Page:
What does that mean for Bitcoin in the USA? It is unclear yet. Personally, I hope it is regulated and taxed as a normal currency eventually, (and not as as art or gold, which have very high tax rates as collectibles).

Basic Income, Shareholder Value, Health Care, Taxes

I was reading up on Michael Tubbs, the former Stockton Mayor who started a basic income pilot. I was curious why he didn’t win reelection. Here was the story I found.

He has started a larger group of Mayors championing a basic income. That is a great legacy of his career so far.  

In other basic income pilot news, Sam Altman’s Y-combinator is still working on their basic income pilots. And Sam Altman has written a very thought provoking piece on basic income. He proposes this income be funded by the following – “We could do something called the American Equity Fund. The American Equity Fund would be capitalized by taxing companies above a certain valuation 2.5% of their market value each year, payable in shares transferred to the fund, and by taxing 2.5% of the value of all privately-held land, payable in dollars.” 

This year Apple is spending $90 billion in share buybacks, which is about 4% worth of their company value when valued at $2.17 trillion dollars.

As far as how profitable other companies are, the answer is “very profitable”. 

“We already have American tax payers supporting companies, first banks and GM  in 2008 and now airlines in 2020 when they might go bankrupt, or when they do. But the American People aren’t getting paid back for their support. 

So I think it’s only fair for taxpayers to get a substantial piece of the upside in return for bailing out these companies. And in the process, bailing out their shareholders, who would be left with nothing if the companies failed.

Yes, this is the same point I made last week about a taxpayer bailout of Boeing.

But it’s a point that we should keep in mind every time we see companies line up at the bailout trough. If many of these companies hadn’t spent lots of money to buy back their own stock to prop up its price, they wouldn’t need anywhere near as much money as they need now.

That’s especially true of these four airlines. Almost seven out of every eight dollars the four airlines sent Wall Street from 2015 through 2019–$39.1 billion out of $44.7 billion — went for share buybacks. The rest went for dividends, according to my calculations based on the companies’ Securities & Exchange Commission filings.” – Washington Post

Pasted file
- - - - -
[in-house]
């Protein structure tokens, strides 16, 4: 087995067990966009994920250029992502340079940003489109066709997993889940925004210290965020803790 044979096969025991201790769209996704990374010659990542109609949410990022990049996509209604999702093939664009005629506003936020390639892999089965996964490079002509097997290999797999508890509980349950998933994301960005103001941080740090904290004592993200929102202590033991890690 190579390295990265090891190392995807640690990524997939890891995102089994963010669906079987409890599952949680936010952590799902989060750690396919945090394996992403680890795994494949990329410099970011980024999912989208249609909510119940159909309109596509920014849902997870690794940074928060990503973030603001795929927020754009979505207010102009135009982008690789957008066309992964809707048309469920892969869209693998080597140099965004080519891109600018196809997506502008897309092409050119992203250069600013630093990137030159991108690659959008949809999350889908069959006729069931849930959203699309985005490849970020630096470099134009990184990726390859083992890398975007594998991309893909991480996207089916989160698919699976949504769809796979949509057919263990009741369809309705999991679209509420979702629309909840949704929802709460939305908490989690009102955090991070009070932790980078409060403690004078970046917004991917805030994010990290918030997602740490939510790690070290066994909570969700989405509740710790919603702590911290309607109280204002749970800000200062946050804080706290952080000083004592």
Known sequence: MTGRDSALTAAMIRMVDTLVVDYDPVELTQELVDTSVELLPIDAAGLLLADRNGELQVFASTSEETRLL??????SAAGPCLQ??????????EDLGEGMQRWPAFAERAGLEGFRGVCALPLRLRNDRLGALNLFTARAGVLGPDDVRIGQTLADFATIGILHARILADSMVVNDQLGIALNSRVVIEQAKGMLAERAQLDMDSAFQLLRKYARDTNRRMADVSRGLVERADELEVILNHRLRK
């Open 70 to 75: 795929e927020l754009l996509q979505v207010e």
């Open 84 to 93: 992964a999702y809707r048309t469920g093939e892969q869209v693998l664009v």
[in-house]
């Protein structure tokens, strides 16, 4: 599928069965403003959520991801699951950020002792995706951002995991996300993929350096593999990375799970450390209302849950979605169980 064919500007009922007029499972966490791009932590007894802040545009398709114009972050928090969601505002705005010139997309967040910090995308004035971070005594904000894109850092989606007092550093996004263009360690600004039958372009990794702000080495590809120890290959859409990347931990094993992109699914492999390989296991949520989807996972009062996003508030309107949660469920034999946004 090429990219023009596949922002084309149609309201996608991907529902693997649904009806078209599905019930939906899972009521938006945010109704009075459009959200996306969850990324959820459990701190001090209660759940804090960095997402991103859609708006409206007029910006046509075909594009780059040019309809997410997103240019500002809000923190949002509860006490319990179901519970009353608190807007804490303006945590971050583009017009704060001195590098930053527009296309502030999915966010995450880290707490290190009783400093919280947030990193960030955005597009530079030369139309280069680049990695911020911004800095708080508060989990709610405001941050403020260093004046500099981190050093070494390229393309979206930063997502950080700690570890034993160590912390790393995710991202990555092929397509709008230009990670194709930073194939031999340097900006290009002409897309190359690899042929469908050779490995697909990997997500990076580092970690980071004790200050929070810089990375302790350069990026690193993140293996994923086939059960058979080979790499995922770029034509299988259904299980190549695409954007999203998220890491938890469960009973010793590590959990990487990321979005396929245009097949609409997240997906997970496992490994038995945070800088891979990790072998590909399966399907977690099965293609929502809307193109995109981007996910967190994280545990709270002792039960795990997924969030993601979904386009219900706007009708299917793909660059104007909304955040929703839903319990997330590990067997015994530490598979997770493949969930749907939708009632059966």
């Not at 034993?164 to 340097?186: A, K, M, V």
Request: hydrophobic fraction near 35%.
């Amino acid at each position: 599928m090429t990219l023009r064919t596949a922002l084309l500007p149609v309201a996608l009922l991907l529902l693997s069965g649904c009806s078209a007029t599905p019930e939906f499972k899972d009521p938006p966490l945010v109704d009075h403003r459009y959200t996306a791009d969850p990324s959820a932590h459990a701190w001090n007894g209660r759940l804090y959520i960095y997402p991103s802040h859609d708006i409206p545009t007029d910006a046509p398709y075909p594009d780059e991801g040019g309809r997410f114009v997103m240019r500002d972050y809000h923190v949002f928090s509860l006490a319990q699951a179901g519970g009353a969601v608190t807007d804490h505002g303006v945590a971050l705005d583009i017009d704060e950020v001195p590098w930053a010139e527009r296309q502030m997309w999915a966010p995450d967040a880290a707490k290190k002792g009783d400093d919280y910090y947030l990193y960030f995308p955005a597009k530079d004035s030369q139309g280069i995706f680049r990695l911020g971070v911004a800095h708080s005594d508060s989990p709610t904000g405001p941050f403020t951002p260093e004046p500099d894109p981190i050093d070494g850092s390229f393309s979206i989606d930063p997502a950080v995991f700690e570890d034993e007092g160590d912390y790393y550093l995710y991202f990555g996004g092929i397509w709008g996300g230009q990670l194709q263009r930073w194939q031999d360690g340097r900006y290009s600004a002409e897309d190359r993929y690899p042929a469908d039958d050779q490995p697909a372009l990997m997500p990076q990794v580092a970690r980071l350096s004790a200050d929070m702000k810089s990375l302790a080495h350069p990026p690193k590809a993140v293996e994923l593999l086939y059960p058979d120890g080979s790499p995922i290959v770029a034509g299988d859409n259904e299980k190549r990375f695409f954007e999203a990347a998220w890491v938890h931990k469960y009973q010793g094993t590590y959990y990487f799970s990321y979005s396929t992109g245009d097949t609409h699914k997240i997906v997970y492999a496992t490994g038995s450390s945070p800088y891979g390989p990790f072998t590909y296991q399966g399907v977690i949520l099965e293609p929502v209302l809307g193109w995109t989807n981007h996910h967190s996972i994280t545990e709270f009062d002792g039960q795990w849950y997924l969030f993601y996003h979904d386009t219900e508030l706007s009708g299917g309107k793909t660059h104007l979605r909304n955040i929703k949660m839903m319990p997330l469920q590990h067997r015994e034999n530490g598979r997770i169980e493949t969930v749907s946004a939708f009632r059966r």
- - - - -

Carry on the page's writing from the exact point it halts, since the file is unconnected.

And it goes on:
We need to move to a system that focus on humans, not the economy and profits. 

This would be something similar to human centered capitalism, as promoted by Andrew Yang. 

We already have some institutions that their sole driver is not profit. Credit unions supposedly have their owners, who are also their users, needs as a priority, instead of just profit. 

Vanguard is a company that both serves it’s owners and it’s users.

If we increased the base of each companies shareholders to include everyone, there would be more incentive to “help everyone” instead of “maximize profits”.

While researching this I stumbled upon this series of articles about Stakeholder value. It is quite interesting. Here are some top comments, but I suggest reading it for yourself. 

“The most successful firms today are those that pursue what Peter Drucker long ago saw to be “true North” for a corporation: “there is only one valid purpose of a corporation: to create a customer”. Generating fresh value for customers is the foundation the basis for generating benefits for all the stakeholders.” – Forbes

Finally, another thing that would help small business and entrepreneurs everywhere, as well as helping people stay health is Universal health care in the USA.


“You know what would really help me as a business owner? Universal health care. The money we pay to subsidize employee health care is astronomical and grows every year. I’ll happily pay higher taxes to cut out health insurance companies that make $40 billion a year in profit.” – Dan Price CEO


Admittedly this is a fairly loosely held together narrative of ideas I’ve been thinking about lately, but I hope by sharing them it gets other people thinking about them too.